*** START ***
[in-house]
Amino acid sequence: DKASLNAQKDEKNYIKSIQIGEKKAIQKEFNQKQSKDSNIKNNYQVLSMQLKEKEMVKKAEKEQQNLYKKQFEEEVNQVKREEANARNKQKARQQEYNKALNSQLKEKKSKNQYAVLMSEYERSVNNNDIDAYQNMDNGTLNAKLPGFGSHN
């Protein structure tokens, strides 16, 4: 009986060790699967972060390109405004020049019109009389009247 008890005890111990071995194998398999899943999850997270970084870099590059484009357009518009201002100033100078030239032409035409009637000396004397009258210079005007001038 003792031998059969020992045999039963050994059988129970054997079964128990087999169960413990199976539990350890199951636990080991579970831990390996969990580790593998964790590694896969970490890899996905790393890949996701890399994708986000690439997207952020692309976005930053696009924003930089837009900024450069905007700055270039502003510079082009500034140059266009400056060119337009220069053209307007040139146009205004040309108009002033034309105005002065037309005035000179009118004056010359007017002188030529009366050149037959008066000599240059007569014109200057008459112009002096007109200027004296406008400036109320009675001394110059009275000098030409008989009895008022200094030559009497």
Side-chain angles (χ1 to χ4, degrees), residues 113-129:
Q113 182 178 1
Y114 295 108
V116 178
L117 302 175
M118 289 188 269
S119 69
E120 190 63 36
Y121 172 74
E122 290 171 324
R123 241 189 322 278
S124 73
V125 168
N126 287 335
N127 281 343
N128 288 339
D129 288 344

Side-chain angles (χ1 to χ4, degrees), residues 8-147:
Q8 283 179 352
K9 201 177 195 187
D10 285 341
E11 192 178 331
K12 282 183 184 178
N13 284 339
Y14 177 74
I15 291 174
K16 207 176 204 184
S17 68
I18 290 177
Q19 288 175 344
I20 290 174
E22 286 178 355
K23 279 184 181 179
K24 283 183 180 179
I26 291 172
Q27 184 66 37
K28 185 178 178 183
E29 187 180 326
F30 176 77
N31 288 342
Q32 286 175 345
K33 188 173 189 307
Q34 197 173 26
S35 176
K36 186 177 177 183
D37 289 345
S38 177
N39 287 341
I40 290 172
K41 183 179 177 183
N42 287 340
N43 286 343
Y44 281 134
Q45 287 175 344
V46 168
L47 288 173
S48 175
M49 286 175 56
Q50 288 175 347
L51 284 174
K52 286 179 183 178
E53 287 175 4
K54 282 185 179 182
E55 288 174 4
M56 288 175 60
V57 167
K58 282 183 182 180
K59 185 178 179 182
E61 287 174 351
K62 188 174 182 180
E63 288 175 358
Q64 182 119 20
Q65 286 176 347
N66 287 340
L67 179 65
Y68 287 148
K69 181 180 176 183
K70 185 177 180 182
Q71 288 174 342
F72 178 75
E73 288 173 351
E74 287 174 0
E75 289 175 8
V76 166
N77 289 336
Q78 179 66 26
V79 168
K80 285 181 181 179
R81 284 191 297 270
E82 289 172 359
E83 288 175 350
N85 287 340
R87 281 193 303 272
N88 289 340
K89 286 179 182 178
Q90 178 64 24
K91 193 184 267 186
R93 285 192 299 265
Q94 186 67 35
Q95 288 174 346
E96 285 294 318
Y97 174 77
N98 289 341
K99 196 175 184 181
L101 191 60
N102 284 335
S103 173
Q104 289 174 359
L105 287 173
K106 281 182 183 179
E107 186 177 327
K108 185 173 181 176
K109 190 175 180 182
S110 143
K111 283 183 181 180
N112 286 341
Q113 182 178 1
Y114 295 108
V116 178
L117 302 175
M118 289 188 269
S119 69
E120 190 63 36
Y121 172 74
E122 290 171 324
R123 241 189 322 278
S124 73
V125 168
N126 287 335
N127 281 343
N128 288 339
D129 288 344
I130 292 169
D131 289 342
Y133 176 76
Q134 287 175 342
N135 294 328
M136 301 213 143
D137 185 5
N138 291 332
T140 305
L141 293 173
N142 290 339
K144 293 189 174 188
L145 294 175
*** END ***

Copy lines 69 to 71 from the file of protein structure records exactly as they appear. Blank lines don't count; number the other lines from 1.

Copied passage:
V57 167
K58 282 183 182 180
K59 185 178 179 182